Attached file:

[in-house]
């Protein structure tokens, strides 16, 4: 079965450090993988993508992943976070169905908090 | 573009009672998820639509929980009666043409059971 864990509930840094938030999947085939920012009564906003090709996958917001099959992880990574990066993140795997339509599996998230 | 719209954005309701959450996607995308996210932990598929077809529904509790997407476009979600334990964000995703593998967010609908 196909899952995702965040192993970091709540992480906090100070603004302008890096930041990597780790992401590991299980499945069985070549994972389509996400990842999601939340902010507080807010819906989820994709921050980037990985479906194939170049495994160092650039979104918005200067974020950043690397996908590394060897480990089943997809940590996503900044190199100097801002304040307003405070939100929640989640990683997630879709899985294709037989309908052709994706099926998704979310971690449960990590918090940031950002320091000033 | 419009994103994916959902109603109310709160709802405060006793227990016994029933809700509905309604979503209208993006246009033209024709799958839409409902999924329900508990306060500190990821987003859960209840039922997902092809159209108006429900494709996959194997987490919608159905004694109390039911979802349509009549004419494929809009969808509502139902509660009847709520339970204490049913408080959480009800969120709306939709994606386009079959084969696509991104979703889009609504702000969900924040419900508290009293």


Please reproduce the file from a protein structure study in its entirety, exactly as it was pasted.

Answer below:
[in-house]
């Protein structure tokens, strides 16, 4: 079965450090993988993508992943976070169905908090 | 573009009672998820639509929980009666043409059971 864990509930840094938030999947085939920012009564906003090709996958917001099959992880990574990066993140795997339509599996998230 | 719209954005309701959450996607995308996210932990598929077809529904509790997407476009979600334990964000995703593998967010609908 196909899952995702965040192993970091709540992480906090100070603004302008890096930041990597780790992401590991299980499945069985070549994972389509996400990842999601939340902010507080807010819906989820994709921050980037990985479906194939170049495994160092650039979104918005200067974020950043690397996908590394060897480990089943997809940590996503900044190199100097801002304040307003405070939100929640989640990683997630879709899985294709037989309908052709994706099926998704979310971690449960990590918090940031950002320091000033 | 419009994103994916959902109603109310709160709802405060006793227990016994029933809700509905309604979503209208993006246009033209024709799958839409409902999924329900508990306060500190990821987003859960209840039922997902092809159209108006429900494709996959194997987490919608159905004694109390039911979802349509009549004419494929809009969808509502139902509660009847709520339970204490049913408080959480009800969120709306939709994606386009079959084969696509991104979703889009609504702000969900924040419900508290009293």